Rich in Florida:
Statins Help Reduce Heart Risks In People Diagnosed With Diabetes
According to Johns Hopkins Medicine, people with diabetes are two to four times more likely to develop cardiovascular disease than people without diabetes, and cardiovascular disease is the most common cause of death in people with diabetes.
Research has long shown that statins reduce heart risks among people with type 2 diabetes. For example, one study published more than a decade ago in Diabetologia examined the effect of statins on 589,091 people with type 2 diabetes. Before statin therapy, 94 percent of them had at least a 10 percent chance of experiencing an event like a heart attack or stroke in the next decade. After four months on statins, the proportion with this level of cardiovascular risk dropped by 7 percent.
People with diabetes should definitely take statins, because the benefits of statins in terms of reducing cardiovascular events far exceeds any potential risk of the statin, Dr. Newman says.
As for people without type 2 diabetes, concern about developing this condition shouldnt stop them from taking statins, either, Newman adds.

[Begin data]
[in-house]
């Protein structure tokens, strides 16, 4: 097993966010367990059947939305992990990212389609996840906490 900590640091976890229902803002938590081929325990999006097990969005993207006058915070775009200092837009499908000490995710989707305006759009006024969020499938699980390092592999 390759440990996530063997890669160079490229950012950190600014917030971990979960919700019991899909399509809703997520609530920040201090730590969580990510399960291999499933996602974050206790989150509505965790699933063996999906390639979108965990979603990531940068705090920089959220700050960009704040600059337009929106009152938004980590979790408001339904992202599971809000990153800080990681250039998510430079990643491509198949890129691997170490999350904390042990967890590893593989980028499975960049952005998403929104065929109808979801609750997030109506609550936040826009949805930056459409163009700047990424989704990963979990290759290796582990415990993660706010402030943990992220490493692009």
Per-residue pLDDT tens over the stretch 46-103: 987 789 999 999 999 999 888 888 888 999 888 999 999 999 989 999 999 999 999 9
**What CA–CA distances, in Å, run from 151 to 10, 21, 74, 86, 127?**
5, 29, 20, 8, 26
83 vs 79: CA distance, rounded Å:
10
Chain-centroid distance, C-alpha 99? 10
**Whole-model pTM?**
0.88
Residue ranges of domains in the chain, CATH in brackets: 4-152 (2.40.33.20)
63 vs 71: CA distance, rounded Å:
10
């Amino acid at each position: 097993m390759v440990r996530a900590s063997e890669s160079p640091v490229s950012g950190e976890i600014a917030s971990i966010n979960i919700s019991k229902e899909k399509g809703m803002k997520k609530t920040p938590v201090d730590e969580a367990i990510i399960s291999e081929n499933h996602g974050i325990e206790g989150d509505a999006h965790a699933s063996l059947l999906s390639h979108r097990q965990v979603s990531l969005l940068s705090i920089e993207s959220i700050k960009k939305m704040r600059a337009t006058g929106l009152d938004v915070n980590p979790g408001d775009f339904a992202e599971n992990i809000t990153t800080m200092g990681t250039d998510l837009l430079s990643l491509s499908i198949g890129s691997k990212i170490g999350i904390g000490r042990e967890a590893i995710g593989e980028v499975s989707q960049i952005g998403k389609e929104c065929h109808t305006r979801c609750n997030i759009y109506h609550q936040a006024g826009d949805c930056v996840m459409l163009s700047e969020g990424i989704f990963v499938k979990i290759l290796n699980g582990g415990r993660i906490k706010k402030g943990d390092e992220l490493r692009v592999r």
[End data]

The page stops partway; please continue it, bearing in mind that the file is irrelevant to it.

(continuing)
Statins increase the risk of newly diagnosed diabetes in a small percentage of patients, Newman notes. However, studies show that those patients who develop diabetes have multiple preexisting risk factors for diabetes, such as prediabetes and metabolic syndrome, and would generally develop diabetes in the long term even if they didnt take statins.
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Glyburide Taken With Statins Suppressed Immune Response
After investigating further, the research team found that statins activated a very specific immune response, which stopped insulin from doing its job properly, says Prof. Schertzer.
After connecting the dots, he and his team discovered that taking another drug called glyburide alongside statins suppressed this immune response.
This finding could yield the development of new targets for this immune pathway that do not interfere with the positive effects of statins, they say.